Facebook warned investors on Wednesday that a federal investigation of its privacy practices would likely cost the company between $3 billion and $5 billion.
In a press release associated with its first quarter results for 2019, Facebook announced:
We reasonably estimated a probable loss and recorded an accrual of $3.0 billion in connection with the inquiry of the FTC into our platform and user data practices. … We estimate that the range of loss in this matter is $3.0 billion to $5.0 billion. The matter remains unresolved, and there can be no assurance as to the timing or the terms of any final outcome.
In 2018, the Federal Trade Commission (FTC) announced their investigation of Facebook following news media reports of user data being inappropriately acquired by Cambridge Analytica, a data analytics firm which sold services to then-presidential candidate Donald Trump’s campaign. It cited “substantial concerns” about Facebook’s treatment of users’ private data.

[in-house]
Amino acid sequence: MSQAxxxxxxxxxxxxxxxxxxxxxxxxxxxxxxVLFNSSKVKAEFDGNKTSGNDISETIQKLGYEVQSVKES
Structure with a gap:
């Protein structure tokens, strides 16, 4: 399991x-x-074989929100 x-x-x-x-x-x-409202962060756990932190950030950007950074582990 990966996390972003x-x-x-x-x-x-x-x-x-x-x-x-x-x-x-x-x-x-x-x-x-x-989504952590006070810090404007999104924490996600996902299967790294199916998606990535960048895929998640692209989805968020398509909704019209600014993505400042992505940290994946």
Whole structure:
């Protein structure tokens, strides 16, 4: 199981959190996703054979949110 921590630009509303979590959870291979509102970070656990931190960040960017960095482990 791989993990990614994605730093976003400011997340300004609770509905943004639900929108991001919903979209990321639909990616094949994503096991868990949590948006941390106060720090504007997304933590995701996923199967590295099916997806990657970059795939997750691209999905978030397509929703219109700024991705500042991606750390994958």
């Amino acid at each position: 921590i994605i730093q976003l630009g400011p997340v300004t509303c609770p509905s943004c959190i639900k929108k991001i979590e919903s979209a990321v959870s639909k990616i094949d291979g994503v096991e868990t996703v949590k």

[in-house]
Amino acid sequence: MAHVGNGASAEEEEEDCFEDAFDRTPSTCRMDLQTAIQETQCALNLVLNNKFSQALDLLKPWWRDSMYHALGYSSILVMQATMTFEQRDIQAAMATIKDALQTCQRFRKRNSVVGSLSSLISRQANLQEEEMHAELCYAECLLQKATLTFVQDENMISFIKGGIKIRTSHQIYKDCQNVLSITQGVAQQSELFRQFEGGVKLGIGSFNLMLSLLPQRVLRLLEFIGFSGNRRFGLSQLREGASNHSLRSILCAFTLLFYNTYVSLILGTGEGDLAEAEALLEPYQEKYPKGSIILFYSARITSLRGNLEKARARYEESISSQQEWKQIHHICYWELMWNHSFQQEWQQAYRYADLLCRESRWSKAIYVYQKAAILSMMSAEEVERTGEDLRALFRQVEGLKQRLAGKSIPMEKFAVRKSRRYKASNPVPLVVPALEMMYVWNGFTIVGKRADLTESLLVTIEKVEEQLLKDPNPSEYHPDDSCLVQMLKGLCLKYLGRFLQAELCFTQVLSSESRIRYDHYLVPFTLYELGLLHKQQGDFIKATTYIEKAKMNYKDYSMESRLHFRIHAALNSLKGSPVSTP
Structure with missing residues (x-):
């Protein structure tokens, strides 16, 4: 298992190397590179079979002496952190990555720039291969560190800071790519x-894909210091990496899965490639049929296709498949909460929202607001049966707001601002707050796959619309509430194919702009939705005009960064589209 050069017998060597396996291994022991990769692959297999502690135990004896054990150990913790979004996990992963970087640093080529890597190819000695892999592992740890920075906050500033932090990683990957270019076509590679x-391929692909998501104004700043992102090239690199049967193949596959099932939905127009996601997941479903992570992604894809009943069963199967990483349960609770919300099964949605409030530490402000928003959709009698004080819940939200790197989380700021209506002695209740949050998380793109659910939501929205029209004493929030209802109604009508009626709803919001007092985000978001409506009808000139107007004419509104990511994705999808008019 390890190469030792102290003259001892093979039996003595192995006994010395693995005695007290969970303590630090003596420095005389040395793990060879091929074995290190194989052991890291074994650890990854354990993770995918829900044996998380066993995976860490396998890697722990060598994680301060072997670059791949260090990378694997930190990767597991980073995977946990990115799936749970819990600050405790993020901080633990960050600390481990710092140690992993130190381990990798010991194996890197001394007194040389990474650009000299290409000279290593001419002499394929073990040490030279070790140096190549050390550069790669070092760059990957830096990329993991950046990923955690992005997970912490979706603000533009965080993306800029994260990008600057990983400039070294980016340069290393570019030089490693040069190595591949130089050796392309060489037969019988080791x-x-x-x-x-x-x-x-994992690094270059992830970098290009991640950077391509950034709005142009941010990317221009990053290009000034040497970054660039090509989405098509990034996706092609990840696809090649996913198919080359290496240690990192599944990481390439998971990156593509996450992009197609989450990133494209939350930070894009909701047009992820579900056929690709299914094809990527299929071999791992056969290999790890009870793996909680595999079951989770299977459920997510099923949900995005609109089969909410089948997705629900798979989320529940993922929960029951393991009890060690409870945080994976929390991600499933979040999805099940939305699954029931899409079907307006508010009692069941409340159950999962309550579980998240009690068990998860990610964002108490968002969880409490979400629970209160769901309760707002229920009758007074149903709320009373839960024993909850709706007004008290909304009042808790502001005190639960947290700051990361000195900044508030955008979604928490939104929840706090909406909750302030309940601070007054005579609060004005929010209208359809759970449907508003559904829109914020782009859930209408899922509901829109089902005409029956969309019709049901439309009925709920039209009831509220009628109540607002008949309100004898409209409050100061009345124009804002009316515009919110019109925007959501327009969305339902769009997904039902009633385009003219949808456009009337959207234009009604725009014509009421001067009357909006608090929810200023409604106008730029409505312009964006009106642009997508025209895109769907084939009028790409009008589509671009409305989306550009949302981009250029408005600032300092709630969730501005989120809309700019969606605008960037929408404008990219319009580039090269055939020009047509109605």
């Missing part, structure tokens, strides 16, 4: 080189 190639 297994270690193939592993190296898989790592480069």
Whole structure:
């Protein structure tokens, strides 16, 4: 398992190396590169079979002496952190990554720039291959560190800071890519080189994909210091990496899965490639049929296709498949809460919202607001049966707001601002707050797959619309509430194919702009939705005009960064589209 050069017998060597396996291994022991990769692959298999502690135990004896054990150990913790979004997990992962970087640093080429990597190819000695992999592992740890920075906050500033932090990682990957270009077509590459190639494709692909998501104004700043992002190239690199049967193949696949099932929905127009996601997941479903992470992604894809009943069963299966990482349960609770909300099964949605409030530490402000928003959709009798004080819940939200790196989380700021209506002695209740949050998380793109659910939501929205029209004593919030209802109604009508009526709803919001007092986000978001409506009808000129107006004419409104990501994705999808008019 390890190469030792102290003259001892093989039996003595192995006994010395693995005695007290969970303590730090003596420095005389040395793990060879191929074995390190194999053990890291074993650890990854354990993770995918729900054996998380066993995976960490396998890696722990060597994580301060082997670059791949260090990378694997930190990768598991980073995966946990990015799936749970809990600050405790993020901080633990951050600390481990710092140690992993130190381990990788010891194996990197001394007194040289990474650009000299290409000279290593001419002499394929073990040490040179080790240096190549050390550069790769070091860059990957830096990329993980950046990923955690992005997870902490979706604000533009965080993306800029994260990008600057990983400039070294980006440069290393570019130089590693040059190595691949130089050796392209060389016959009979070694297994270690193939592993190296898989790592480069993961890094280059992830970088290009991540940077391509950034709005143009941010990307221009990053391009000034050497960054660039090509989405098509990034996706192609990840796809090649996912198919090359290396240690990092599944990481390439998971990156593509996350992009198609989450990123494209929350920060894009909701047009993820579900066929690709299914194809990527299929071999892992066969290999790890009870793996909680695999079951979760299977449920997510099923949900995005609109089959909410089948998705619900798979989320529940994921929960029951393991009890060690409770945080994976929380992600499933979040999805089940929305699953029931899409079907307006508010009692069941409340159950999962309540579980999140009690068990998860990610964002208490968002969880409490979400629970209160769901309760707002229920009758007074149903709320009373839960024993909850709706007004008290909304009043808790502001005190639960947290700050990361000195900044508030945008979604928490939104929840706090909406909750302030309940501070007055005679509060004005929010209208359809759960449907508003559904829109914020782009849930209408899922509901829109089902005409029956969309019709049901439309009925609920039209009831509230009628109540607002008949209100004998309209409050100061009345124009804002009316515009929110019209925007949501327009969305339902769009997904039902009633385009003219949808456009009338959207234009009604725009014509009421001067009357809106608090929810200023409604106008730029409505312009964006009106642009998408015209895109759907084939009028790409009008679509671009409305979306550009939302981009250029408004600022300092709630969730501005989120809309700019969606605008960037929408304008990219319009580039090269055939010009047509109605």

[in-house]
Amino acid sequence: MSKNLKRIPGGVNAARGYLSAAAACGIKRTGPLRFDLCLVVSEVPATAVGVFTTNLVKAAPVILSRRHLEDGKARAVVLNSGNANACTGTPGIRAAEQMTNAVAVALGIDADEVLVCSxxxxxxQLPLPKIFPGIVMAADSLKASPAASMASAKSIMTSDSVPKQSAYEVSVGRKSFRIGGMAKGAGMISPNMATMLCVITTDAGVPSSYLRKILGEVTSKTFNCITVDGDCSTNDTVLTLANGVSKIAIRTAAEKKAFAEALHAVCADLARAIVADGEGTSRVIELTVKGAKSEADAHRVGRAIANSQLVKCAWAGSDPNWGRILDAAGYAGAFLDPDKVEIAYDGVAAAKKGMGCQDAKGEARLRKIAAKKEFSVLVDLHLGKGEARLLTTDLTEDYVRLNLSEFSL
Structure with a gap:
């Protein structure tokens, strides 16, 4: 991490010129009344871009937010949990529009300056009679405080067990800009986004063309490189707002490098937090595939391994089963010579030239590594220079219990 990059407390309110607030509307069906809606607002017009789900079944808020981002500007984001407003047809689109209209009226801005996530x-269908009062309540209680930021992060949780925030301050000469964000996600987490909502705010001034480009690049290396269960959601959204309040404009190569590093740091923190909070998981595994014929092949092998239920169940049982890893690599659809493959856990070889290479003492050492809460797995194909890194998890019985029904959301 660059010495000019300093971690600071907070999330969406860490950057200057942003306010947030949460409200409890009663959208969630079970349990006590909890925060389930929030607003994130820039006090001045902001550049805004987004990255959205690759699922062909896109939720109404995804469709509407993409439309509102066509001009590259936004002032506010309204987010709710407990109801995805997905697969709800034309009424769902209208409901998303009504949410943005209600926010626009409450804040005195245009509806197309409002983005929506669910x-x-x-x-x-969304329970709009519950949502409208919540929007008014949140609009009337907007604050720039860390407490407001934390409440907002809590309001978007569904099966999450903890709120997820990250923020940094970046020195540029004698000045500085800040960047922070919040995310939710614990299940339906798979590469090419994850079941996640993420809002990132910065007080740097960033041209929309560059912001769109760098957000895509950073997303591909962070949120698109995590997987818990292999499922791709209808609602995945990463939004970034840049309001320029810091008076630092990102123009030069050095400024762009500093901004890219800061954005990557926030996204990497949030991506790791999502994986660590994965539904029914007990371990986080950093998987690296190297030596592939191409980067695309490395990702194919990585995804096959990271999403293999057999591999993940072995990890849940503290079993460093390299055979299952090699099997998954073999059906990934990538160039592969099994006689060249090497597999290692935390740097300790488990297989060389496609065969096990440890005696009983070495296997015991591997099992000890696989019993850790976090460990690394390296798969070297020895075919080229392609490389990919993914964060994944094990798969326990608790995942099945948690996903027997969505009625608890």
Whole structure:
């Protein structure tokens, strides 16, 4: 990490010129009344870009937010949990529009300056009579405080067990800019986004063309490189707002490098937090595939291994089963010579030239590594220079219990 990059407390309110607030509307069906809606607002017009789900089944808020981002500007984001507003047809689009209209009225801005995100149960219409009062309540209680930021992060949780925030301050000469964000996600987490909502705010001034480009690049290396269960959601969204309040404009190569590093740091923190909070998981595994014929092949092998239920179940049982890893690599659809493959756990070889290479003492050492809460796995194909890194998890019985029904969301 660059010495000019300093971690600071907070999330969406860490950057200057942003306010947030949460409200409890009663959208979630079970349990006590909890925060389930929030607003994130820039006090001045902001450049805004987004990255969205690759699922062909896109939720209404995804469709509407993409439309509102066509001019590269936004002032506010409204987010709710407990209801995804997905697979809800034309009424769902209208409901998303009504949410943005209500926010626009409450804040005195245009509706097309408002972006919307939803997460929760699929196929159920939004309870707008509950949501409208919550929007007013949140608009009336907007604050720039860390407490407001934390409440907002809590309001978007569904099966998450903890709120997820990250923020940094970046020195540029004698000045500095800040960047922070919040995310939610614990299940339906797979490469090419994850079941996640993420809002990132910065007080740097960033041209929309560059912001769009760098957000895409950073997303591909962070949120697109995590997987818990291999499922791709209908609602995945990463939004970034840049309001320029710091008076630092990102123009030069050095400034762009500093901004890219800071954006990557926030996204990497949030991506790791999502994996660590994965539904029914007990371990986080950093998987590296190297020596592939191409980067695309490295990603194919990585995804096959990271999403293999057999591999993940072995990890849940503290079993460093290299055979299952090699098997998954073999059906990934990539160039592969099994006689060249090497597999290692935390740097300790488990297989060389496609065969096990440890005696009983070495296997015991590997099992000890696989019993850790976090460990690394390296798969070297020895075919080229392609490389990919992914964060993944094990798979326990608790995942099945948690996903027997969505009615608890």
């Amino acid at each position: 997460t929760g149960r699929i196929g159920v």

In March, the New York Times reported on a criminal investigation of Facebook’s data deals with other technology companies.
Facebook’s executives, including its CEO Mark Zuckerberg, deny that political and partisan biases shape the company’s algorithms in determining content for presentation to users.
In 2018, Facebook COO Sheryl Sandberg testified that her company uses “alternative facts” to combat “misinformation” and “fake news” spread across her platform.
Follow Robert Kraychik on Twitter @rkraychik.
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